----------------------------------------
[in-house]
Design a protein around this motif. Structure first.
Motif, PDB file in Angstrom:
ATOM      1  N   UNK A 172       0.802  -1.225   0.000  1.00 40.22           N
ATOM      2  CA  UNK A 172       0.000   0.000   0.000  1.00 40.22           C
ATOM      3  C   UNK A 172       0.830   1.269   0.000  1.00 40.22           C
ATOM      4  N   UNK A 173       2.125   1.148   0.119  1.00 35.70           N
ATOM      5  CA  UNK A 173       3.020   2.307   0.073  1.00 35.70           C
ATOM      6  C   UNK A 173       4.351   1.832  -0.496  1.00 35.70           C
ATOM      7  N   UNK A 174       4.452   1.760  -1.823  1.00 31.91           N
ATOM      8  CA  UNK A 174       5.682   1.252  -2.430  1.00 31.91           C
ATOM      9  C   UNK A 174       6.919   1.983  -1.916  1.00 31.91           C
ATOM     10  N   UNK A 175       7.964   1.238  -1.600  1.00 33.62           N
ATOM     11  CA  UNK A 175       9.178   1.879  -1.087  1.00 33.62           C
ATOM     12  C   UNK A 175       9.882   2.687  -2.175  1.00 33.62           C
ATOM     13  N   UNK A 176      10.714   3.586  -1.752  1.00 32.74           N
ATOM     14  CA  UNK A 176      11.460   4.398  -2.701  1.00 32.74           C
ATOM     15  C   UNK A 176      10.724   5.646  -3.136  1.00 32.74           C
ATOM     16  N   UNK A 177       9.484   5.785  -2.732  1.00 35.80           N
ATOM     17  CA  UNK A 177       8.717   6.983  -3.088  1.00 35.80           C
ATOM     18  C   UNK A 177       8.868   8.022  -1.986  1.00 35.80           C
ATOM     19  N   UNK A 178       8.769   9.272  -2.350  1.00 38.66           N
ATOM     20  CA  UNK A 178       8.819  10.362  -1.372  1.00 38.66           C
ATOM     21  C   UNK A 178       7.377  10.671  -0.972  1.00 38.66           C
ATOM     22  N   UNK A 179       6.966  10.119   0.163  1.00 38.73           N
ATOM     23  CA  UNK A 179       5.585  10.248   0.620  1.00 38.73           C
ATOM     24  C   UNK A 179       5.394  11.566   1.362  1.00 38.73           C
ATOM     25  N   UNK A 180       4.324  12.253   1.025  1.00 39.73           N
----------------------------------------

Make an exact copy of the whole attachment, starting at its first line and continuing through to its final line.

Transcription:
[in-house]
Design a protein around this motif. Structure first.
Motif, PDB file in Angstrom:
ATOM      1  N   UNK A 172       0.802  -1.225   0.000  1.00 40.22           N
ATOM      2  CA  UNK A 172       0.000   0.000   0.000  1.00 40.22           C
ATOM      3  C   UNK A 172       0.830   1.269   0.000  1.00 40.22           C
ATOM      4  N   UNK A 173       2.125   1.148   0.119  1.00 35.70           N
ATOM      5  CA  UNK A 173       3.020   2.307   0.073  1.00 35.70           C
ATOM      6  C   UNK A 173       4.351   1.832  -0.496  1.00 35.70           C
ATOM      7  N   UNK A 174       4.452   1.760  -1.823  1.00 31.91           N
ATOM      8  CA  UNK A 174       5.682   1.252  -2.430  1.00 31.91           C
ATOM      9  C   UNK A 174       6.919   1.983  -1.916  1.00 31.91           C
ATOM     10  N   UNK A 175       7.964   1.238  -1.600  1.00 33.62           N
ATOM     11  CA  UNK A 175       9.178   1.879  -1.087  1.00 33.62           C
ATOM     12  C   UNK A 175       9.882   2.687  -2.175  1.00 33.62           C
ATOM     13  N   UNK A 176      10.714   3.586  -1.752  1.00 32.74           N
ATOM     14  CA  UNK A 176      11.460   4.398  -2.701  1.00 32.74           C
ATOM     15  C   UNK A 176      10.724   5.646  -3.136  1.00 32.74           C
ATOM     16  N   UNK A 177       9.484   5.785  -2.732  1.00 35.80           N
ATOM     17  CA  UNK A 177       8.717   6.983  -3.088  1.00 35.80           C
ATOM     18  C   UNK A 177       8.868   8.022  -1.986  1.00 35.80           C
ATOM     19  N   UNK A 178       8.769   9.272  -2.350  1.00 38.66           N
ATOM     20  CA  UNK A 178       8.819  10.362  -1.372  1.00 38.66           C
ATOM     21  C   UNK A 178       7.377  10.671  -0.972  1.00 38.66           C
ATOM     22  N   UNK A 179       6.966  10.119   0.163  1.00 38.73           N
ATOM     23  CA  UNK A 179       5.585  10.248   0.620  1.00 38.73           C
ATOM     24  C   UNK A 179       5.394  11.566   1.362  1.00 38.73           C
ATOM     25  N   UNK A 180       4.324  12.253   1.025  1.00 39.73           N